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Title: Dissecting the chromosomal composition of mutagen-induced micronuclei in Brachypodium distachyon using multicolour FISH
Authors: Kuś, Arita
Kwaśniewska, Jolanta
Szymanowska-Pułka, Joanna
Hasterok, Robert
Keywords: BAC clones; induced genome instability; Brachypodium distachyon; chromosome-specific markers; maleic hydrazide; mutagenesis, mutagens; mcFISH; micronuclei; molecular cytogenetics; X-rays
Issue Date: 2018
Citation: Annals of Botany, Vol. 122 (2018), s. 1161-1171
Abstract: Background and Aims Brachypodium distachyon (Brachypodium) is a model species for temperate cereals and other economically important grasses. Its favourable cytogenetic features and advanced molecular infrastructure make it a good model for understanding the mechanisms of instability of plant genomes after mutagenic treatment. The aim of this study was to qualitatively and quantitatively assess the composition and origin of micronuclei arising from genomic fracture, and to detect possible ‘hot spots’ for mutagen-induced DNA breaks. • Methods Seeds of Brachypodium were treated with maleic hydrazide (MH) or X-rays. The structure of mutagen- induced micronuclei was analysed in root-tip meristematic cells using multicolour fluorescence in situ hybridization (mcFISH) with various repetitive (5S rDNA, 25S rDNA, telomeric, centromeric) and low-repeat [small and large pools of bacterial artificial chromosome (BAC) clones specific for chromosome Bd1] DNA sequences. • Key Results The majority of micronuclei derive from large, acentric fragments. X-rays caused more interstitial DNA breaks than MH. Double-strand breaks rarely occurred in distal chromosome regions. Bd1 contributed to the formation of more mutagen-induced micronuclei than expected from random chromosome involvement. • Conclusions mcFISH with chromosome-specific BAC clones offers insight into micronuclei composition, in so far as it allows their origin and formation to be determined more specifically. A reliable assay for micronuclei composition is crucial for the development of modern genotoxicity tests using plant cells. The combination of mutagenic treatments and well-developed cytomolecular resources in Brachypodium make this model species very promising for plant mutagenesis research.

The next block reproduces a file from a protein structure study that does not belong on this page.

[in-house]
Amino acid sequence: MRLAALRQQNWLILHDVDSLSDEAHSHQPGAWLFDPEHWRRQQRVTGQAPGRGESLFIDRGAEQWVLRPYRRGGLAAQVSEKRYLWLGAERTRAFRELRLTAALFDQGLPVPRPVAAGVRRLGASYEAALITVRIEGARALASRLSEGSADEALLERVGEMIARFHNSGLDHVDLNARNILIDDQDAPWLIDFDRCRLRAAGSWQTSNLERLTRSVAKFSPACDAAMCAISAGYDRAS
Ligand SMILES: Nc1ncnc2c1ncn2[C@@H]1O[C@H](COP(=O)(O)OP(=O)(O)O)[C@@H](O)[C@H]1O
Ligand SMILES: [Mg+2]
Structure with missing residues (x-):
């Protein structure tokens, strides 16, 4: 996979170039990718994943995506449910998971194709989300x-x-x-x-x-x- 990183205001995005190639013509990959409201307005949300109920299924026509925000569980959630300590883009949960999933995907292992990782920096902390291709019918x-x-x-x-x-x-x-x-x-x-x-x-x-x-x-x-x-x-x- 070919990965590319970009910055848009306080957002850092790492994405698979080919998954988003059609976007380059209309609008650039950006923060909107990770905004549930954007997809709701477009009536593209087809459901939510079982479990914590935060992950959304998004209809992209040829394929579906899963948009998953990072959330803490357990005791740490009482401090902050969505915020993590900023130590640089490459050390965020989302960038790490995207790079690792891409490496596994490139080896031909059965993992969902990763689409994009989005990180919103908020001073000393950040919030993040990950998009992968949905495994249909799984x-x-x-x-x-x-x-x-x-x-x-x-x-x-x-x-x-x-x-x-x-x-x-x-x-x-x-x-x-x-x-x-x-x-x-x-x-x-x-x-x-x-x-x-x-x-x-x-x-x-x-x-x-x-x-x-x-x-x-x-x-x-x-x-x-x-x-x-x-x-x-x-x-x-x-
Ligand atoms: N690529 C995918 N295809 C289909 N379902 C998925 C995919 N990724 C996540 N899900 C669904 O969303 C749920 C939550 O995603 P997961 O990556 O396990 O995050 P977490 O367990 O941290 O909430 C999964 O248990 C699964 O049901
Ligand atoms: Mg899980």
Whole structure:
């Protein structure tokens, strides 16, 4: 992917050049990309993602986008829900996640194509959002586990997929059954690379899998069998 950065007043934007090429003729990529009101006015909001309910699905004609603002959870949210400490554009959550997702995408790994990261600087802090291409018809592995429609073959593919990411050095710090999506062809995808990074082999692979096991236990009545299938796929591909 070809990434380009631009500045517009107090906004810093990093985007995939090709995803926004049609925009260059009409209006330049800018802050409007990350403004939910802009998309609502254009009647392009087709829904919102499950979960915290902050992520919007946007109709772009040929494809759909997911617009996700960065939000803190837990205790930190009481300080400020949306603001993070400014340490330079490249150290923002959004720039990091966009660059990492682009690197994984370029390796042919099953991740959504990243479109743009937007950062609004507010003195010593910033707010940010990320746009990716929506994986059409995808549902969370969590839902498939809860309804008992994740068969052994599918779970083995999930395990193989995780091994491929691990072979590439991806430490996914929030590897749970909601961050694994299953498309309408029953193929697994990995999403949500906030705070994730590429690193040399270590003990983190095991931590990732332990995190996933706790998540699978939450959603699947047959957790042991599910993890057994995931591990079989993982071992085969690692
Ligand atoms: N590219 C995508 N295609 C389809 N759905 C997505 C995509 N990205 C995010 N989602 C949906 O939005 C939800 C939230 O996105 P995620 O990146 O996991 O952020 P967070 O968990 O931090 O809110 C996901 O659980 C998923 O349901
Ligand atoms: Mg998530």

DOI: 10.1093/aob/mcy115
ISSN: 0305-7364
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